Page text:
The Electric Church mixes cinematic action sequences with a fast-paced plot and a no-frills, utilitarian writing style - and here lies its Achilles' heel in my view.
The book reads like a film script, with a breathless pace that hurriedly ushers you from one action set-piece to the next, with minimal character development and back-story, making its dystopian world seem flimsy and insubstantial.
Sci-fi at its best is as much about ideas as it is action, and The Electric Church is skewed in favour of the latter at the expense fleshing out the reasons why we should feel sympathetic towards the main characters or an affinity with the world they find themselves in.
Each chapter is no more than a few pages long and meaningful exposition as to why the main protagonists behave as they do and what brought them to where they are now is very thin on the ground.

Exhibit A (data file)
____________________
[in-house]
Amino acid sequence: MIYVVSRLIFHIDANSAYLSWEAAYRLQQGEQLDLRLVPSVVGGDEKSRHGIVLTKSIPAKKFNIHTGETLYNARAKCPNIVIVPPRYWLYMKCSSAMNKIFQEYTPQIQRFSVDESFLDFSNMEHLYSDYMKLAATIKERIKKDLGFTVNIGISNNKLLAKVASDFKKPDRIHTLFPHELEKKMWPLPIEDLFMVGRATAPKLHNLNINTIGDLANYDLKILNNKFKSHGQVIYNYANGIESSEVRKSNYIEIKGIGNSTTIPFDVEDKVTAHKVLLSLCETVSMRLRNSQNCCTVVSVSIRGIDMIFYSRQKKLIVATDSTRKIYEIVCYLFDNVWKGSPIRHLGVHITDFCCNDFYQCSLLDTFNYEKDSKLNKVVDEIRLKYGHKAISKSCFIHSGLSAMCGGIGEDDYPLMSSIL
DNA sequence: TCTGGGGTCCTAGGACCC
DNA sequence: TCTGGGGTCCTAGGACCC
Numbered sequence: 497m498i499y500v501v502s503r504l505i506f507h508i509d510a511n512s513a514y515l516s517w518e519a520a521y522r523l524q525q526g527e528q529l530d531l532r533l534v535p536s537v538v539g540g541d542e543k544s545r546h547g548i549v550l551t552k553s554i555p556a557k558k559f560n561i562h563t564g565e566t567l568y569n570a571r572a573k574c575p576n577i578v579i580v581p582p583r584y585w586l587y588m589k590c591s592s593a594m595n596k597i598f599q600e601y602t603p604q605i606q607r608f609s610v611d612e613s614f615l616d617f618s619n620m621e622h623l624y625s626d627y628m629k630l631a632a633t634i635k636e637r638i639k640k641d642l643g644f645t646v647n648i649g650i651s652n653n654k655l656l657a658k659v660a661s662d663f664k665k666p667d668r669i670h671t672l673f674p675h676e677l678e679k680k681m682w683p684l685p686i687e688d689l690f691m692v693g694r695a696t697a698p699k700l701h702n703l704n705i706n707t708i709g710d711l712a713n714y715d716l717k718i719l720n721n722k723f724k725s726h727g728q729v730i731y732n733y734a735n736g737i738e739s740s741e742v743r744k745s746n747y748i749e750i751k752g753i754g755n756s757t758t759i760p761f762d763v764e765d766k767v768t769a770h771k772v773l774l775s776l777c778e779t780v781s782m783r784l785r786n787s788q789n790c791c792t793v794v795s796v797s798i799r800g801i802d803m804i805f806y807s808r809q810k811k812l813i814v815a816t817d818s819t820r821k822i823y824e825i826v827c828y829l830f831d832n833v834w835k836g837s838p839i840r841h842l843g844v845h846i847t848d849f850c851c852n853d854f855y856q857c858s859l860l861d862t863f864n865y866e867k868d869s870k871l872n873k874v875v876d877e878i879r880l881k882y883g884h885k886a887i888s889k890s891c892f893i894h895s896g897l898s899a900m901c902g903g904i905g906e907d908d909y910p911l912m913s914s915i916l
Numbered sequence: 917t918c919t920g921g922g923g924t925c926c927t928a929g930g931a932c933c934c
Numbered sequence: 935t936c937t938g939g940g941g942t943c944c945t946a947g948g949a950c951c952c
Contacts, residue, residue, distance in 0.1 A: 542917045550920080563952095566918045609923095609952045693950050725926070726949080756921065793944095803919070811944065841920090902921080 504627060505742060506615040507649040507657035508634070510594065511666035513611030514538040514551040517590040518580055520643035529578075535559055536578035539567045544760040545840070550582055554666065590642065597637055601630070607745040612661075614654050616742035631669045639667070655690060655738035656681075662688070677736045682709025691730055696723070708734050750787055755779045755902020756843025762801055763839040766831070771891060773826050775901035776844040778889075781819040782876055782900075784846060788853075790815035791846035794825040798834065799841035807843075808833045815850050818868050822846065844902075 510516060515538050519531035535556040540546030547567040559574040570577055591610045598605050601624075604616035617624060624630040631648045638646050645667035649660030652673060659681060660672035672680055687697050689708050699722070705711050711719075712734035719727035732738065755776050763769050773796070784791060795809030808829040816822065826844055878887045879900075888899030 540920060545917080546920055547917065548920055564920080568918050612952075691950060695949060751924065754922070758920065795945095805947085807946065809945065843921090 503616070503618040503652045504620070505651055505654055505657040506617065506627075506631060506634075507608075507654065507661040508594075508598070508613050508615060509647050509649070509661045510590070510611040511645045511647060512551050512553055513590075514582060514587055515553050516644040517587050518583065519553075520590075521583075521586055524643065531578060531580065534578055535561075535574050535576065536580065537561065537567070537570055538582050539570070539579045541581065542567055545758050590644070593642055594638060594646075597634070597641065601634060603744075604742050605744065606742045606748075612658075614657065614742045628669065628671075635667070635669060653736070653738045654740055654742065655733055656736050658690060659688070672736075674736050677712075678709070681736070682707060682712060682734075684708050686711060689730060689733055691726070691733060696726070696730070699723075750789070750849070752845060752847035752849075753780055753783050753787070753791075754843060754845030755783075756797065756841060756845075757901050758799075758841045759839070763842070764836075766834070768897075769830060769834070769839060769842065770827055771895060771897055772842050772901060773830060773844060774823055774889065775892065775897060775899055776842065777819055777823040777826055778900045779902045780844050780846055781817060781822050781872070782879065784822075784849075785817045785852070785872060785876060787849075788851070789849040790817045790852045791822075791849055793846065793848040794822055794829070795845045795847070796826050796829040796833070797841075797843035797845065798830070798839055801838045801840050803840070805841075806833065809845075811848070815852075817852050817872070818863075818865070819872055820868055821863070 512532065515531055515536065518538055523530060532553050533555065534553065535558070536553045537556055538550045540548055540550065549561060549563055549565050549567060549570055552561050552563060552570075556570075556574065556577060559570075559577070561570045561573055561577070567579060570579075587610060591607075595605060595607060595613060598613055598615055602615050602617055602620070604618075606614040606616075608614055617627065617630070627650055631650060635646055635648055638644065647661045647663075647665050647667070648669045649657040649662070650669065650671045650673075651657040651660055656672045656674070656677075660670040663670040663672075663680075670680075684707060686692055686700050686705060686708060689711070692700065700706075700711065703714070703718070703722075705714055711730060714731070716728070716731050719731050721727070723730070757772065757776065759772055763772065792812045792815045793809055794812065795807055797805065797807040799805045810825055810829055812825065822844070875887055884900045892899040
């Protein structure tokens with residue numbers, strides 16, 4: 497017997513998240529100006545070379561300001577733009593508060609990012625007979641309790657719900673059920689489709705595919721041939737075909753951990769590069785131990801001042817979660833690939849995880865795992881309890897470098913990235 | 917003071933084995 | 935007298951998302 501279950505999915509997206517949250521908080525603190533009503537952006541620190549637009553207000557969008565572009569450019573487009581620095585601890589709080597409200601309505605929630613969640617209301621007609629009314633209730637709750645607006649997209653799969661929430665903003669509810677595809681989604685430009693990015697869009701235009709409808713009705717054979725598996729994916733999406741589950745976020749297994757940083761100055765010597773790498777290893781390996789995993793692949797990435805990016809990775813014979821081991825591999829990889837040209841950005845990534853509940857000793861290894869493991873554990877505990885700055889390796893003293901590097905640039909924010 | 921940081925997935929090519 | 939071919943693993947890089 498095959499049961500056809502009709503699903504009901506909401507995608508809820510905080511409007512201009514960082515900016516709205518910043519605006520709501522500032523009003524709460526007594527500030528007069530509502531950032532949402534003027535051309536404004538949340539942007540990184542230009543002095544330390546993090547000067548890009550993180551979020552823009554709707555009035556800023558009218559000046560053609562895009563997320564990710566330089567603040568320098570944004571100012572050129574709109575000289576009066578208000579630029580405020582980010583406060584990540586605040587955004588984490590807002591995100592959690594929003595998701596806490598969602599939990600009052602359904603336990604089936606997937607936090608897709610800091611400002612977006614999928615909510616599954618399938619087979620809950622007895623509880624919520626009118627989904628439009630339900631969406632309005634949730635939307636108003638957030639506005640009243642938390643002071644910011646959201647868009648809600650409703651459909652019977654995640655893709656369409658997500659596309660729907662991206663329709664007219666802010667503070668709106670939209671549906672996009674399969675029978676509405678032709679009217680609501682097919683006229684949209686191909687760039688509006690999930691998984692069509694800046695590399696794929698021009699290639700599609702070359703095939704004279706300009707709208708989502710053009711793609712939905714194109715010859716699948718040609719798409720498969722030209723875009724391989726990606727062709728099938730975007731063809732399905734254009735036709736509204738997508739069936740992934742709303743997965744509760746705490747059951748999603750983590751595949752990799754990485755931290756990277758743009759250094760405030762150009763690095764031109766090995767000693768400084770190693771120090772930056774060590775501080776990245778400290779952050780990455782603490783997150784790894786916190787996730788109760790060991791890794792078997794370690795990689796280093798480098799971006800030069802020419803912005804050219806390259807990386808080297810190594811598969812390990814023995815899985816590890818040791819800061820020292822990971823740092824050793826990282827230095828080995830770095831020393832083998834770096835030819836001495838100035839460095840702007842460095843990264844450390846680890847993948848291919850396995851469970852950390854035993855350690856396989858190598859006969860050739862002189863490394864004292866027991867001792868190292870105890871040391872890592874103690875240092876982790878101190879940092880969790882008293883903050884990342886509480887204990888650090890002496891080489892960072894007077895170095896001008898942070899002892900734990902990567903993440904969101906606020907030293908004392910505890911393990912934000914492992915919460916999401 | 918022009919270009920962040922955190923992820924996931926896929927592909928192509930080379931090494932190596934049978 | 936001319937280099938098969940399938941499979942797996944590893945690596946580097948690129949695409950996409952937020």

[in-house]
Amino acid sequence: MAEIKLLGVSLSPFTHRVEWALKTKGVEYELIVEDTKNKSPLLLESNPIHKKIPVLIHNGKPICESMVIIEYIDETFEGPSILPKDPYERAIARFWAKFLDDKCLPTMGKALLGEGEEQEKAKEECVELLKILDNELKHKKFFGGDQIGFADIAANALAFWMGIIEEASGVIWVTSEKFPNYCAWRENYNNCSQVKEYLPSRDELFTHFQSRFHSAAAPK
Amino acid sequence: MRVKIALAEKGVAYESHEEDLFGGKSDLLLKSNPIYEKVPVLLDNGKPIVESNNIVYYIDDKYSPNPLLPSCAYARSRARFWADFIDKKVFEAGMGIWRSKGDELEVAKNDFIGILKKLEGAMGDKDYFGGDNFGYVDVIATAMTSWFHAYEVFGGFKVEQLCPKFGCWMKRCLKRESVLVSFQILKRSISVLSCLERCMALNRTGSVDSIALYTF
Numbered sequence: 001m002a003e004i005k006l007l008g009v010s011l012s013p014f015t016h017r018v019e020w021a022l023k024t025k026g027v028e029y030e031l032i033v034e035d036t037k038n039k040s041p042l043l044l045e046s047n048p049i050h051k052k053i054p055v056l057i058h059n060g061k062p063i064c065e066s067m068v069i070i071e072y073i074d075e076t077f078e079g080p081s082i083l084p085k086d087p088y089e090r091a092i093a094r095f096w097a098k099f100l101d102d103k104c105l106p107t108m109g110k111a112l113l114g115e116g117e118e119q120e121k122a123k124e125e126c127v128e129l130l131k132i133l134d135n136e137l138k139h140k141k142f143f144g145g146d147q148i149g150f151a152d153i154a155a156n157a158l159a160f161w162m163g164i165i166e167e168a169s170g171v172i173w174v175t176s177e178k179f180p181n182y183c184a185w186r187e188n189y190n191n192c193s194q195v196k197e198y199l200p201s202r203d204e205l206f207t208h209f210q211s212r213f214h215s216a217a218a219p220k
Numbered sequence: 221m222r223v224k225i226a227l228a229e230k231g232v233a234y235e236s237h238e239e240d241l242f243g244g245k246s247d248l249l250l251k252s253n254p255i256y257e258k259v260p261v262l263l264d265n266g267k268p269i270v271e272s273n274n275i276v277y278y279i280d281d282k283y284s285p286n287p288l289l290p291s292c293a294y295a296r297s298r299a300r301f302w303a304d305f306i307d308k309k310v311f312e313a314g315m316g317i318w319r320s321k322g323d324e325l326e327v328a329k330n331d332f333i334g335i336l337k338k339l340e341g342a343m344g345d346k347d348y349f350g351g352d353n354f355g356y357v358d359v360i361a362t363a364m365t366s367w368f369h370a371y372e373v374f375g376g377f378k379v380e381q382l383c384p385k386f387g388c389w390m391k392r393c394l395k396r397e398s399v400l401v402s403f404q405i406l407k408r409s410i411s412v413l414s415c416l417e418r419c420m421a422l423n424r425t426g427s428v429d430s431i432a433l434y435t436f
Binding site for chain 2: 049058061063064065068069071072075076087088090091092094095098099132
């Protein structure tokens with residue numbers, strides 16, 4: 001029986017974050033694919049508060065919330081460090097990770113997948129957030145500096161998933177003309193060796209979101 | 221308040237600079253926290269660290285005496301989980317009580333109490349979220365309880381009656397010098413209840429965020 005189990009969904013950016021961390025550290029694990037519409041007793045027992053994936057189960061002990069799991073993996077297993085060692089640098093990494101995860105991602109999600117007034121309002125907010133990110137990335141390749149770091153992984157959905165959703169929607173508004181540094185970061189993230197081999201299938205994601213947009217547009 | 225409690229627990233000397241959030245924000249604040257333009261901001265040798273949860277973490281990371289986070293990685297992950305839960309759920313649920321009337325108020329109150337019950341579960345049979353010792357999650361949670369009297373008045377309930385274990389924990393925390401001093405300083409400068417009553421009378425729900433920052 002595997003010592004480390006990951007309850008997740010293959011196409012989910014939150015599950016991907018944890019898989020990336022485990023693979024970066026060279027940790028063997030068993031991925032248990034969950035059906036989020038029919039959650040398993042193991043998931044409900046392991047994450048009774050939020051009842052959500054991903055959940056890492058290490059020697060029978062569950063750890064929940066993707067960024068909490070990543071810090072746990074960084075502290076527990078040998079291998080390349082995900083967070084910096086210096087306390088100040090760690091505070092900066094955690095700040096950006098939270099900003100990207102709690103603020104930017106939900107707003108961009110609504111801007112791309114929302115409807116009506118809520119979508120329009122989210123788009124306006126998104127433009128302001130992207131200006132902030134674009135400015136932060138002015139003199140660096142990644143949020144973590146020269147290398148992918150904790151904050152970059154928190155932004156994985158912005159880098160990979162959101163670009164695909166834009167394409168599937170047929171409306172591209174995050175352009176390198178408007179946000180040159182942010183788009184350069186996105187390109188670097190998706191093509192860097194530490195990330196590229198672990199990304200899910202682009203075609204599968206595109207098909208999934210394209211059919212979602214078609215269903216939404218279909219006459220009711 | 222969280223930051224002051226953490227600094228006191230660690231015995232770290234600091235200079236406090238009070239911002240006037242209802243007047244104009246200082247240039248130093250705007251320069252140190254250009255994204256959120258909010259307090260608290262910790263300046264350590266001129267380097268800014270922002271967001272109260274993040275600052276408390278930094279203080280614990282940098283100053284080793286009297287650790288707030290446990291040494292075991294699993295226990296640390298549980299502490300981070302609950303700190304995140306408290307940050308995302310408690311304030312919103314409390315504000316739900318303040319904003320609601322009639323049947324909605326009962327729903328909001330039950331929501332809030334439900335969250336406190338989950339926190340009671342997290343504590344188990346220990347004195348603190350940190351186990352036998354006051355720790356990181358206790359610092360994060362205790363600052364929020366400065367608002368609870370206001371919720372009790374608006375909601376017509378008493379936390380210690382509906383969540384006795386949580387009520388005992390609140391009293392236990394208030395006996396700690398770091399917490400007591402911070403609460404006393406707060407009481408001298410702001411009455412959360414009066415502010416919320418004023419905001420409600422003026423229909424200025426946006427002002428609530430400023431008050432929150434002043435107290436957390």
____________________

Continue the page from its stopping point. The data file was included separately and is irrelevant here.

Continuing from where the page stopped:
While the action is fast and furious and the plot clever and expansive, the book ultimately feels disposable, like wolfing down a take-away with a plastic fork from a cardboard container, as opposed to savouring something special that lingers on the palate.
If you want a book that has a similar story theme and action-oriented ethos as The Electric Church but is set in a richly realised universe with believable characters I would recommend Altered Carbon by Richard Morgan. It mixes furious cyberpunk action with an impressive depth of story-telling and character development and is everything that The Electric Church could have, and should have, been.